Los Angeles' much ballyhooed Carolwood Estate—the 35,000-square-foot mansion on the site of Walt Disney's last home, which rumbled onto the market in 2012 with a $90M pricetag—has finally sold for $74M. In 1998 billionaire and Houston Dynamo owner Gabriel Brener bought the animator's old barn from the estate of his widow for $8.45M. He promptly tore it down—not even the property's charming Mickey Mouse gate survived!—and dragooned the neighboring property so that, in 2001, he could commission the construction of the megamanse of his dreams: an eight-bedroom Xanadu complete with 19th-century marble mantels, intense "use of pure mahogany," a wine cellar, putting green, three bars, two safe rooms, quarters "designated for help and special event staff," and a two-story oval foyer "with plaster-veneered walls, crown molding, and statuary and verde jade marble flooring," all according to the brokerbabble.
Since being hulked onto the market a few years ago, the limestone mansion in Holmby Hills has been in the capable brokering hands of big-time real estate guy Mauricio Umansky of the Agency. Last spring rumors swirled that Formula One Tamara Ecclestone toured and "really liked" the property, though ultimately it looks like she didn't fall for its 17 bathrooms and 3.7 acres that "feel like seven." Though, actually, the WSJ writes, that the buyer is an "undisclosed international" human, which doesn't necessarily exclude the heiress.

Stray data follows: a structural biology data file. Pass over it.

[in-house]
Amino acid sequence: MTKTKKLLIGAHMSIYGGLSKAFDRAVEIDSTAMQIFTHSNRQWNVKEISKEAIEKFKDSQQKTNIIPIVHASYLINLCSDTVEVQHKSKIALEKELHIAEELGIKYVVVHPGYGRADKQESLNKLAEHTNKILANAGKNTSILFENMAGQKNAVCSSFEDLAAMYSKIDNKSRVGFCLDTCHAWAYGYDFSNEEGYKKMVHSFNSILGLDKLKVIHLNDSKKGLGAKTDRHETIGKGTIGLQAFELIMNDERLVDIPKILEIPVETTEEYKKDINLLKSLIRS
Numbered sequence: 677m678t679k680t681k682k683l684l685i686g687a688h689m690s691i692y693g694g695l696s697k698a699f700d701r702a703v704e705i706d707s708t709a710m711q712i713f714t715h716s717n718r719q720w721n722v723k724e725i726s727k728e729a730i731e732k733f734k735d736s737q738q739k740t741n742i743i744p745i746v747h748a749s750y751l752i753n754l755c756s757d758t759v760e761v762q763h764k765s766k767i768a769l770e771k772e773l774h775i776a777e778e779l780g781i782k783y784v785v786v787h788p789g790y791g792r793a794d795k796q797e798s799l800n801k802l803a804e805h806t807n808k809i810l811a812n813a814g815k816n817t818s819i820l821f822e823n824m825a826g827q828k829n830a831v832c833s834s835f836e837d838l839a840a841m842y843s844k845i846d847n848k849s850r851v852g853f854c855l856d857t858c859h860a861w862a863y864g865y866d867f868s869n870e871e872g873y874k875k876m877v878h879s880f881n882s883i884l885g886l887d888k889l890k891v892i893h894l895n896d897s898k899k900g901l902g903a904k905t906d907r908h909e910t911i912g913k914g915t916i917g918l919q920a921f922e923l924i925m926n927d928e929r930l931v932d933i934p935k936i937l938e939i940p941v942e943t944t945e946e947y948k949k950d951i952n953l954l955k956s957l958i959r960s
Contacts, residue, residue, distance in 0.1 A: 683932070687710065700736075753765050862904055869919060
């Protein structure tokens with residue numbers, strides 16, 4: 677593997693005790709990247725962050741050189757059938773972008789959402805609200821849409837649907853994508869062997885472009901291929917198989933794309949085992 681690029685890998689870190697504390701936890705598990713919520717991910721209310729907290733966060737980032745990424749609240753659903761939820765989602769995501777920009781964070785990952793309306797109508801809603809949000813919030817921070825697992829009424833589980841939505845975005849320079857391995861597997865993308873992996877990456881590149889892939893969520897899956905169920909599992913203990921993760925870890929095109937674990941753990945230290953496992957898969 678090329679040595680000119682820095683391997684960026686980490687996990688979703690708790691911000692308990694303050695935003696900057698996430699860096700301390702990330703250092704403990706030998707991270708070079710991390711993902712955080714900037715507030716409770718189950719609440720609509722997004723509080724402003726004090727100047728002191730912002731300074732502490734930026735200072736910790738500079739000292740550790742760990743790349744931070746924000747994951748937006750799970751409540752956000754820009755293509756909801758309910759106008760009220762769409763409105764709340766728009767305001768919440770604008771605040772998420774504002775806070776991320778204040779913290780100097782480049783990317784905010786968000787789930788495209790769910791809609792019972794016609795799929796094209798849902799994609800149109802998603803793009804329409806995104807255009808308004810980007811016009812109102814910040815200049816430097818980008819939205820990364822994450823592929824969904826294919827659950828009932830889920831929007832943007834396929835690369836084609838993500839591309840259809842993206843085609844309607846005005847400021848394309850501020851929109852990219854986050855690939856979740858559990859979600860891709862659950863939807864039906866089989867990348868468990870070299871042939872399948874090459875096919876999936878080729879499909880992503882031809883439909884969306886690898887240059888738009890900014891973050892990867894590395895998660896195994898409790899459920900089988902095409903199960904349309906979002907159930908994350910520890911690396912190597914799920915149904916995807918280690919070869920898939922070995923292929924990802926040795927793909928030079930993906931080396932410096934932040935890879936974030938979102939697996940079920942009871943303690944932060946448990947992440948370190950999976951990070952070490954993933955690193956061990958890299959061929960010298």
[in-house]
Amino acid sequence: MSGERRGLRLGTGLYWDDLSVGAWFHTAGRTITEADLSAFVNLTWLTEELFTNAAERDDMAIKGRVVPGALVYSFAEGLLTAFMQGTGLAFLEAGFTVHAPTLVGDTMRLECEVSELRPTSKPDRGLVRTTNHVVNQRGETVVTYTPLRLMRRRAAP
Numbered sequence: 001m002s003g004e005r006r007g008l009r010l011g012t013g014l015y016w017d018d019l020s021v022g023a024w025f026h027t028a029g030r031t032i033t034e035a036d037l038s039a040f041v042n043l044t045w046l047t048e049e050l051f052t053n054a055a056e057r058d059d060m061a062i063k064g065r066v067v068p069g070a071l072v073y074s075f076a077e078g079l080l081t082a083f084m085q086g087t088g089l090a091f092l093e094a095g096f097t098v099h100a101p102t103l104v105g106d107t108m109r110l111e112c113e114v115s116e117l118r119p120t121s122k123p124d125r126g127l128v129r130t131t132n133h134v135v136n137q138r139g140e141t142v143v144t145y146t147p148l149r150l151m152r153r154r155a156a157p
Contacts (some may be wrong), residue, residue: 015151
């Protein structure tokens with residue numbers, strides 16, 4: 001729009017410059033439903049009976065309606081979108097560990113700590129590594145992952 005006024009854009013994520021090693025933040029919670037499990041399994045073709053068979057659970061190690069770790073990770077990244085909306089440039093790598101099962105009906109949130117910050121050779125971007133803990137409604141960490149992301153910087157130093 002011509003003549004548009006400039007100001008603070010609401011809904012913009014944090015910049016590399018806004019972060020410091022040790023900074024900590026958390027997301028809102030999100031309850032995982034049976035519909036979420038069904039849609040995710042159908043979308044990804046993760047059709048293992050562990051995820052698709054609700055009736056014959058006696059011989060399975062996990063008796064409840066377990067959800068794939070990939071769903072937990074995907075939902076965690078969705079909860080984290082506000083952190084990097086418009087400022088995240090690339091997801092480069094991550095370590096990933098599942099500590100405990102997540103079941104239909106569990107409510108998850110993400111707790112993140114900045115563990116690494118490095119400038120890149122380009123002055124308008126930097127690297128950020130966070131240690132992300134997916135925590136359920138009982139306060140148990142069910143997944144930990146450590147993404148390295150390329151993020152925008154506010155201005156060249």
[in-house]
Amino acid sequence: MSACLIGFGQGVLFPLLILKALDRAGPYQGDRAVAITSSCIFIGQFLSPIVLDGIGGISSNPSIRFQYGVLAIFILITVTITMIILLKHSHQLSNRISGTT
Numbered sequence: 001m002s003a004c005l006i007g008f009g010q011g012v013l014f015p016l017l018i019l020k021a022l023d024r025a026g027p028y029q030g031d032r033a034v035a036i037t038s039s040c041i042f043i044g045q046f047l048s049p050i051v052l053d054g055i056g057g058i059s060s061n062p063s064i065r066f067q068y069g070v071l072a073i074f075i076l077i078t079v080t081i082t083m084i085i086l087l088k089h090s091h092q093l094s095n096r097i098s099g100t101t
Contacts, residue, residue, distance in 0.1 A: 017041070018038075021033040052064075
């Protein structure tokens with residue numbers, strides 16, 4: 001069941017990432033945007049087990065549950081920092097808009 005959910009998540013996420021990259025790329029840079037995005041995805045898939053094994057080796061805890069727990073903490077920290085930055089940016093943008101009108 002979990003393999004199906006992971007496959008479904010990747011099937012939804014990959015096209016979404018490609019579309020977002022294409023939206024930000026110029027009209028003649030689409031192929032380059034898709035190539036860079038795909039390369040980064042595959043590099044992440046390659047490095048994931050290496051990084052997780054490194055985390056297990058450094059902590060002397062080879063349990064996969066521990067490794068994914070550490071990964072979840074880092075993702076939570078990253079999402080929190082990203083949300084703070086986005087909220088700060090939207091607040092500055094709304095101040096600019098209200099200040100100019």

When it listed in 2012 the estate was one of the most expensive listings in the country, though it didn't impress too many commenters. One at Curbed LA summarized the state of affairs thusly: "The modest family home [Disney] built was knocked down to build this ostentatious...thing...that, if anything, is the antithesis of Walt Disney's personal taste and idea of a 'home.'"
That being said, Forbes once reported that the property retains Disney's 90-foot underground tunnel that once hosted the 1/8-scale steam railroad Disney built in 1950, shortly after he and his wife purchased the parcel. The Carolwood Pacific Railroad, as it was known, "would serve as part of the inspiration to create Disneyland."